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A.p. ch34 Pt. 1
A.p. ch34 Pt. 1
A.p. ch34 Pt. 1
A.p. ch34 Pt. 1
A.p. ch34 Pt. 1
A.p. ch34 Pt. 1
A.p. ch34 Pt. 1
A.p. ch34 Pt. 1
A.p. ch34 Pt. 1
A.p. ch34 Pt. 1
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A.p. ch34 Pt. 1

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  1. FDR: A POLITICIAN in a WHEELCHAIR Voters were in a ugly mood as the presidential campaign of 1932 neared The “chicken in every pot” of 1928 had seemingly laid a pink slip in every pay envelope. Herbert Hoover was re-nominated in Chicago without great enthusiasm. Their platform praised Republican anti- depression policies, while halfheartedly promising to repeal national prohibition. The rising star of the Democratic party was Gov. Franklin Roosevelt of New York. Describe his background.How did his paralysis impact his political philosophy?
  2. Another of FDR’s great personal and politicalassets was his wife, Eleanor. Describe herprofile and her impact on FDR’sadministration.FDR’s political appeal was amazing. Hiscommanding presence and his golden voicecombined to make him the premier Americanorator of his generation.As governor of New York he sponsored heavystate spending to relieve human suffering.Though favoring frugality, he believed thatmoney, rather than humanity, was expendable.How did the wealthy perceive him?Exuberant Democrats meeting in Chicagonominated FDR – describe the Democraticplatform.
  3. PRESIDENTIAL HOPEFULS of 1932In the campaign FDR seized the offensive with a slashing attack on the Republican Old Dealers. Heconsistently preached a New Deal for the “forgotten man,” but was annoyingly vague and somewhatcontradictory. FDR rashly promised a balanced budget and berated heavy Hooverian deficits, amidcries of “Throw the Spenders Out!” and “Out of the Red with Roosevelt.”In contrast to FDR’s optimism, grim-faced Hoover remained in the White House,conscientiously battling the depression. His supporters half-heartedly assured half-listening voters, “The Worst Is Past,” “It Might Have Been Worse,” and “Prosperity IsJust Around the Corner.” To the end, Hoover re-affirmed his faith in Americanenterprise & individual initiative. Why did he resent FDR?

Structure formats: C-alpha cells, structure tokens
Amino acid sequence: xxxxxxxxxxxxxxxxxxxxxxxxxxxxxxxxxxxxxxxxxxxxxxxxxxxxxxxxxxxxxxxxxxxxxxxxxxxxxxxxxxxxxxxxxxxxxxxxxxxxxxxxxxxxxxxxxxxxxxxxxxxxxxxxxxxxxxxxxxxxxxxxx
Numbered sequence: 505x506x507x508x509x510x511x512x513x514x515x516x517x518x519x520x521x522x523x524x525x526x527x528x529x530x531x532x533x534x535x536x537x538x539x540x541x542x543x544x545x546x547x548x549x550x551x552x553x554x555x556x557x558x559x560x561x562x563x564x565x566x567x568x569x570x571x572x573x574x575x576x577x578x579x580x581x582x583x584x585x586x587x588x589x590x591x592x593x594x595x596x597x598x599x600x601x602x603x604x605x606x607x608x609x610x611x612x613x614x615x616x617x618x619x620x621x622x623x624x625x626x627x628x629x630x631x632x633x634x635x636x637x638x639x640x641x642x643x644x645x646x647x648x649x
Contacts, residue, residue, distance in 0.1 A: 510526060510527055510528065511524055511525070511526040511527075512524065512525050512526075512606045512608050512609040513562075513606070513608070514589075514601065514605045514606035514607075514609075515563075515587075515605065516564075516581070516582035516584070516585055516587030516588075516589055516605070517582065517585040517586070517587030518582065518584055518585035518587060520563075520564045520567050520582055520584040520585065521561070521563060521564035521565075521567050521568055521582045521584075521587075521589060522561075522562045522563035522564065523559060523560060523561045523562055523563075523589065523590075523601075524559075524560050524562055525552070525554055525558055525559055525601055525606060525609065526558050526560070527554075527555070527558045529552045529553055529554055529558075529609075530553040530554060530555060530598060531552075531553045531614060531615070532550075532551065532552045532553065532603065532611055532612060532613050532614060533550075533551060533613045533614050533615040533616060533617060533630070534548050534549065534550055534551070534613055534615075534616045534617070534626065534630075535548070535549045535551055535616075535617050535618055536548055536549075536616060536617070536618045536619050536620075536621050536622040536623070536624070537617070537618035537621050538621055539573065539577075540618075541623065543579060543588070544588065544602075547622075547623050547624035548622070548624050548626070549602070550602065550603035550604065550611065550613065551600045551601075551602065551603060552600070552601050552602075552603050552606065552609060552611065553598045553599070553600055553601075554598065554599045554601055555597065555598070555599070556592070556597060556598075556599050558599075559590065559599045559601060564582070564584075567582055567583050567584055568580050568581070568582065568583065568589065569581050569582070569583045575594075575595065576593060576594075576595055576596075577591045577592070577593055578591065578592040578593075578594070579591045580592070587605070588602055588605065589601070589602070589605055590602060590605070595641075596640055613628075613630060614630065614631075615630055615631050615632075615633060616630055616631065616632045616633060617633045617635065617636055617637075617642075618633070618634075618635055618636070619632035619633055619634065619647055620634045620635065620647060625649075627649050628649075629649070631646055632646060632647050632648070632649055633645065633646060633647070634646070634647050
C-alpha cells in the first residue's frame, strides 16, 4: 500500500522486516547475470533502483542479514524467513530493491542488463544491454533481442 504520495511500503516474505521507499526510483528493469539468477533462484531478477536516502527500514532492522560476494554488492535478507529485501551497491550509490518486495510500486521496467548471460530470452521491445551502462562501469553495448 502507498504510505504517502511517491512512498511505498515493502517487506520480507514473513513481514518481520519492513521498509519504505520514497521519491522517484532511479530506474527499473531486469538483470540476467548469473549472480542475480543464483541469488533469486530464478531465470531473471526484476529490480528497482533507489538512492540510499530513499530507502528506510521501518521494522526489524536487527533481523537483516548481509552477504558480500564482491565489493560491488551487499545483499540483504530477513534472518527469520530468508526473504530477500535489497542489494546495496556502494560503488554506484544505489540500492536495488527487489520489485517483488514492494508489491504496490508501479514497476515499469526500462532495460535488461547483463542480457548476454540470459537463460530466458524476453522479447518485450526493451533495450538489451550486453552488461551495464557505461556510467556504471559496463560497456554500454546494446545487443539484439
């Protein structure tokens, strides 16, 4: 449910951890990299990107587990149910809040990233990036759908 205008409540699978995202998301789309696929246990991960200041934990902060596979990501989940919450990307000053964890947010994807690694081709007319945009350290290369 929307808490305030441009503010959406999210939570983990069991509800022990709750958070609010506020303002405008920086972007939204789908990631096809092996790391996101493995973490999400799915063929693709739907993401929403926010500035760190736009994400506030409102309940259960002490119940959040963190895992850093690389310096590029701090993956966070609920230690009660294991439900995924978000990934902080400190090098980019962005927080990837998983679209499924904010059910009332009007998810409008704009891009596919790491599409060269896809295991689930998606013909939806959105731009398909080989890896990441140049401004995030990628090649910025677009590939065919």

4. THE HUMILIATION of HOOVER in 1932Hoover had been swept into office on the rising tide of prosperity; he was swept out ofoffice by the receding tide of depression. FDR won in a landslide.One striking feature of the election was the beginning of a heavy shift of blacks,traditionally grateful to the Republican party of Lincoln, over to the Roosevelt camp.Why did many blacks switch parties?Hard times unquestionably ruined the Republicans, for the election was as much anti-Hoover as it was pro-Roosevelt. An overwhelming majority voiced a demand for change.How did political posturing affect the lame duck period until March, 1933? Whatwas the Hooverite’s accusation aimed at the in-coming Roosevelt camp?
  5. FDR and the THREE R’s: RELIEF, RECOVERY, REFORMOn a dreary Inauguration Day, March 4, 1933, FDR provided Americans with inspirationalnew hope. He declared that the govt. would wage war on the Great Depression as it wouldwage war on an armed foe.
  6. FDR moved decisively. He boldly declared a nation-wide banking holiday, March 6-10, as aprelude to opening the banks on a sounder basis.
  7. FDR summoned Congress into special session to cope with the national emergency. Forthe so-called Hundred Days (March – June), members hastily cranked out anunprecedented array of remedial legislation.FDR’s New Deal programs aimed at three R’s- relief, recovery, and reform. How did FDRenvision his economic evolution to pulling out of the depression?
  8. Firmly in the driver’s seat, FDR cracked the whip. The new Congress fully shared thepanicky feeling of the country and it was ready to rubber-stamp bills drafted by WhiteHouse advisors. Most significantly, Congress gave the president extraordinary blank-check powers. FDR was delighted to exert executive leadership, and Congress responded to it – what was the public’s response to FDR’s initiative, even if he sometimes readily admitted that he was not always sure of the outcome?
  9. Reforms passed by the Hundred Days Congress owed to the legacy of the earlierprogressive movement. The New Dealers embraced such progressive ideas asunemployment insurance, minimum wage regulations, conservation, the development ofnatural resources, and restrictions on child labor.

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